80-ton centercab: 3, all Pacific Lumber Company, Scotia, California.

    110-ton centercab: 1, on Oregon Pacific & Eastern. Timing may have been such that it hauled log trains on that road.

    I don't know of any 44-tonners used in a "true" logging railroad setting, though the timing is such that the Arcata & Mad River's machines might have been used on the logging railroad that fed the Northern Redwood Lumber/Simpson mill in Korbel, California.


    TE53-14E: 6. These were General Electric U-25B locomotives rebuilt with EMD 567 prime movers. Weyerhaeuser bought all six, five for the Oregon California & Eastern and the sixth for its Longview railroad, though it later saw use on the "Woods line" tributary to the OC&E.

    S3-3B: 2. These were slugs, also rebuilt from GE U-25Bs. Weyerhaeuser bought them as well, both saw extensive use on the OC&E and the connecting private logging railroad.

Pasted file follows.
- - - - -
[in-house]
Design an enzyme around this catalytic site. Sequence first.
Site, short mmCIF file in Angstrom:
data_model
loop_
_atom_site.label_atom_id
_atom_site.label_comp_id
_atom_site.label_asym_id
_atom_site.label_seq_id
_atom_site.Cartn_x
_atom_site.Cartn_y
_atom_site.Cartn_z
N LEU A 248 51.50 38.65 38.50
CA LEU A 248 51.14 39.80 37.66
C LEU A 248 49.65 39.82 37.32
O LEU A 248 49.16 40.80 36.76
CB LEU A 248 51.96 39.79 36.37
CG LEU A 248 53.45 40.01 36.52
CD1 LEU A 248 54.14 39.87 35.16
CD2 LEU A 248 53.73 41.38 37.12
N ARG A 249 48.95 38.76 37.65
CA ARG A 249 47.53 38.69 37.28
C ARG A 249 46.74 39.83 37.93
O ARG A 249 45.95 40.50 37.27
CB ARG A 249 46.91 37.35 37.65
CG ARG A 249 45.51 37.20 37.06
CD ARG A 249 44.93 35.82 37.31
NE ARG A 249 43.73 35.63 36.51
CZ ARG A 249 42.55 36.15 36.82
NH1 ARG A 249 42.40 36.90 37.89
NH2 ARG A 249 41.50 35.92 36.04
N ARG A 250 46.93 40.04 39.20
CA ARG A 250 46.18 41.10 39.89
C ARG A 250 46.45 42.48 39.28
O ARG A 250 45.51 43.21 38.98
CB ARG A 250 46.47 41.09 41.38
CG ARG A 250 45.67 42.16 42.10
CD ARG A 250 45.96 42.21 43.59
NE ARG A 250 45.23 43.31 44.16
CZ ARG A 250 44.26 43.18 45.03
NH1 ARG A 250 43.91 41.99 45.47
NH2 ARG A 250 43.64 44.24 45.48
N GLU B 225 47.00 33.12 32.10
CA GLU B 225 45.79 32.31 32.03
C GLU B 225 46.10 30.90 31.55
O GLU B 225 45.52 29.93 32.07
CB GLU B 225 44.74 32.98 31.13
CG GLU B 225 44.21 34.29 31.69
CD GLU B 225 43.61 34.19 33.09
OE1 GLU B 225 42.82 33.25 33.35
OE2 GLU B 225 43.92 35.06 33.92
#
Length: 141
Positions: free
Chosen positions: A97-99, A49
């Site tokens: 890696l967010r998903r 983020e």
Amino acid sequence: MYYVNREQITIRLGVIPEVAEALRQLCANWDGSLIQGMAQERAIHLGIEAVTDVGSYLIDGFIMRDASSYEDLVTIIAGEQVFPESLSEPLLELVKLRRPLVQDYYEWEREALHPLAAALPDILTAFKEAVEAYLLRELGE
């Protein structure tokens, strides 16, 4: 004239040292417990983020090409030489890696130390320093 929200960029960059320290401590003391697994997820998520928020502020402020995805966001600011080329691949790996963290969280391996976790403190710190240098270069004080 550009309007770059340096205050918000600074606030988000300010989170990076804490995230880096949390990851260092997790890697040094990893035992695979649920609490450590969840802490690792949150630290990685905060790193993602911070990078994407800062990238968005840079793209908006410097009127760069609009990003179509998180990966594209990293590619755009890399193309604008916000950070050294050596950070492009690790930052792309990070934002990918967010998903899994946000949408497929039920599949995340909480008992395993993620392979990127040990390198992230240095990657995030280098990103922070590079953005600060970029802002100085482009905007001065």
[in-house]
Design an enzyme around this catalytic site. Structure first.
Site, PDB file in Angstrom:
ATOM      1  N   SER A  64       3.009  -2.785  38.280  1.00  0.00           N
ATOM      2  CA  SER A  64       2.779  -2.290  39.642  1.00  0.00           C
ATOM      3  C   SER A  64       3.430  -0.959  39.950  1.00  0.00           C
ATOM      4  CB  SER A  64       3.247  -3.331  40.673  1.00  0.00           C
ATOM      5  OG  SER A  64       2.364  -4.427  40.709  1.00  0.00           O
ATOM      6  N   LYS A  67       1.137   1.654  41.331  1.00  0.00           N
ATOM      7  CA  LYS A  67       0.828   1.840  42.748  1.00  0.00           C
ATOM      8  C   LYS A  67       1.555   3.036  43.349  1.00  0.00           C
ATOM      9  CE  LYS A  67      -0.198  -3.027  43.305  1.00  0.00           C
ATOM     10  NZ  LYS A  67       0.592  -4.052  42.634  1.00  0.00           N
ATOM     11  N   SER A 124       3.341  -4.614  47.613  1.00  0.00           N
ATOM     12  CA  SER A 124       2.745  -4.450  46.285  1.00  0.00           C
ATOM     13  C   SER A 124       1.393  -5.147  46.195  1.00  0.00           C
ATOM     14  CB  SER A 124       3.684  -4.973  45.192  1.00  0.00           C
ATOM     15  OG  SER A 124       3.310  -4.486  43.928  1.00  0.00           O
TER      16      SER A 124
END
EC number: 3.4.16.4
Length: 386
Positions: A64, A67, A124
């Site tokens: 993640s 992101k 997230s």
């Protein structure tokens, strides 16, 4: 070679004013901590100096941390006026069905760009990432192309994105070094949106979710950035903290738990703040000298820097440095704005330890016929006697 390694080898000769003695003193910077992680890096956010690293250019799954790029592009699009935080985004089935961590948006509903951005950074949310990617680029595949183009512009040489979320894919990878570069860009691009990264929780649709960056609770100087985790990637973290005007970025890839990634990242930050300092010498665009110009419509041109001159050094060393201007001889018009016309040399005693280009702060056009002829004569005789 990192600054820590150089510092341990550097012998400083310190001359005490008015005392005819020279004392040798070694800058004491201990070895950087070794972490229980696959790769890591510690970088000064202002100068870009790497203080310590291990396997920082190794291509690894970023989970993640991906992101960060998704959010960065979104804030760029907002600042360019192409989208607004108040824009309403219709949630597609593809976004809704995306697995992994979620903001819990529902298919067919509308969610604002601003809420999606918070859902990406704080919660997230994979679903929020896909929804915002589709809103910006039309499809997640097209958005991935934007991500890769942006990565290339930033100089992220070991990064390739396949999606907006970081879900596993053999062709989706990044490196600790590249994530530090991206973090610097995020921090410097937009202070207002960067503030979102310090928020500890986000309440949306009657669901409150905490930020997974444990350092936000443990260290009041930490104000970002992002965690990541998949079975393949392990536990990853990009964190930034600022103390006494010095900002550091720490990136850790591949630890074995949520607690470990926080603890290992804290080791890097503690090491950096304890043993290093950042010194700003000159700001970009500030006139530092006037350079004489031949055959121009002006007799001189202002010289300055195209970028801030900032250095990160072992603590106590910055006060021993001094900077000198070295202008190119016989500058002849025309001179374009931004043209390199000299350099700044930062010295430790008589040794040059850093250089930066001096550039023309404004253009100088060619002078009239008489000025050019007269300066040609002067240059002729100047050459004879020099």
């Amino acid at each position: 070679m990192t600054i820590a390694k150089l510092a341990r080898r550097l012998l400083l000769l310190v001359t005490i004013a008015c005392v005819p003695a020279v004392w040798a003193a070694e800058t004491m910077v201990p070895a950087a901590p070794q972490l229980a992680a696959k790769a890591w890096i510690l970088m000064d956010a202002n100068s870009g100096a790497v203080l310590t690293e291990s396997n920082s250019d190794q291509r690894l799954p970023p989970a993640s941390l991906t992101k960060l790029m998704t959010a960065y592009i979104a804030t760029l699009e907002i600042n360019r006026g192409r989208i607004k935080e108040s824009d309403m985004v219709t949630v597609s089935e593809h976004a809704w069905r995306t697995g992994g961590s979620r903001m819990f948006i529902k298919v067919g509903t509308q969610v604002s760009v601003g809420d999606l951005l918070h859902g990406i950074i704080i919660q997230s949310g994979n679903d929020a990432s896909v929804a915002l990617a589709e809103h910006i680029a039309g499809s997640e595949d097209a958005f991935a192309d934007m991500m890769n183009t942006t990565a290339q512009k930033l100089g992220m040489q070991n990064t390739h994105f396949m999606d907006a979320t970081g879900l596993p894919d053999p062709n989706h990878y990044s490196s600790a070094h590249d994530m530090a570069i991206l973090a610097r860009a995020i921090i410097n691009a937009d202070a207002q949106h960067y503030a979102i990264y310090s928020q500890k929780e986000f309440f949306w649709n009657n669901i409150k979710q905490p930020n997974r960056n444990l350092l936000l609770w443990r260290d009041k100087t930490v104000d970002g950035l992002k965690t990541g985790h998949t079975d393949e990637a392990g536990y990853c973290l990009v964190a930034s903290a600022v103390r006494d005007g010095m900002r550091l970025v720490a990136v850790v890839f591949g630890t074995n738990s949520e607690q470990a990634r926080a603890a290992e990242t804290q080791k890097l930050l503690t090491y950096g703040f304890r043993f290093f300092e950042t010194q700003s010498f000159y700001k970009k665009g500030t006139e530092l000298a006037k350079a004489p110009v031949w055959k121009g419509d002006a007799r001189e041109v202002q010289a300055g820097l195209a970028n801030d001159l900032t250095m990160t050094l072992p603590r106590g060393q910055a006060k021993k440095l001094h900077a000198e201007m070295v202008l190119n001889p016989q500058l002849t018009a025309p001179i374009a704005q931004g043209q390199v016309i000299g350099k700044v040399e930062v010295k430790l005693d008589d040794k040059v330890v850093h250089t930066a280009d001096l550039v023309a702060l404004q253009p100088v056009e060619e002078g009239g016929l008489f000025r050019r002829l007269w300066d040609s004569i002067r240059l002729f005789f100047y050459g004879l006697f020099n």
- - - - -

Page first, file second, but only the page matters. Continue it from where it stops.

45-ton centercab: 1, Georgia Pacific, Swandale, West Virginia.

    XL-60 B-B: 1, Red River Lumber Company.

    It should be noted here that small 4- and 6-wheel Plymouths in roughly the 35-ton and less weight range were almost ubiquitous across the logging railroad industry. One logger is quoted in Kramer Adam's Logging Railroads of the West book that they were as handy as a pocket in a logger's shirt. They could be most commonly found in work trains, camp and shop and mill switchers, log dumps, and other chores, but examples of them being used in full log train service are few.


    80-ton centercab: 1, Meadow River Lumber


    65-ton centercab: 1, Arcata & Mad River, known from at least one photograph to have been used on the Northern Redwood Lumber/Simpson logging railroad tributary to the Korbel mill.

    80-ton centercab: 2, both Weyerhaeuser, one each on their Longview (Washington) and Sutherlin (Oregon) railroads.

    75DE24: 3, all bought new by Potlatch for their logging railroad in Idaho.


    At least three gear driven steam locomotives were rebuilt into diesels that saw logging railroad service. Canadian Forest Products had two, one rebuilt from a two truck Shay and the other rebuilt from a two truck Climax. Western Logging Company at Valsetz, Oregon, had the third, rebuilt from a three truck Climax.

    I hope this helps and is of interest to some.

    Jeff Moore

    Elko, NV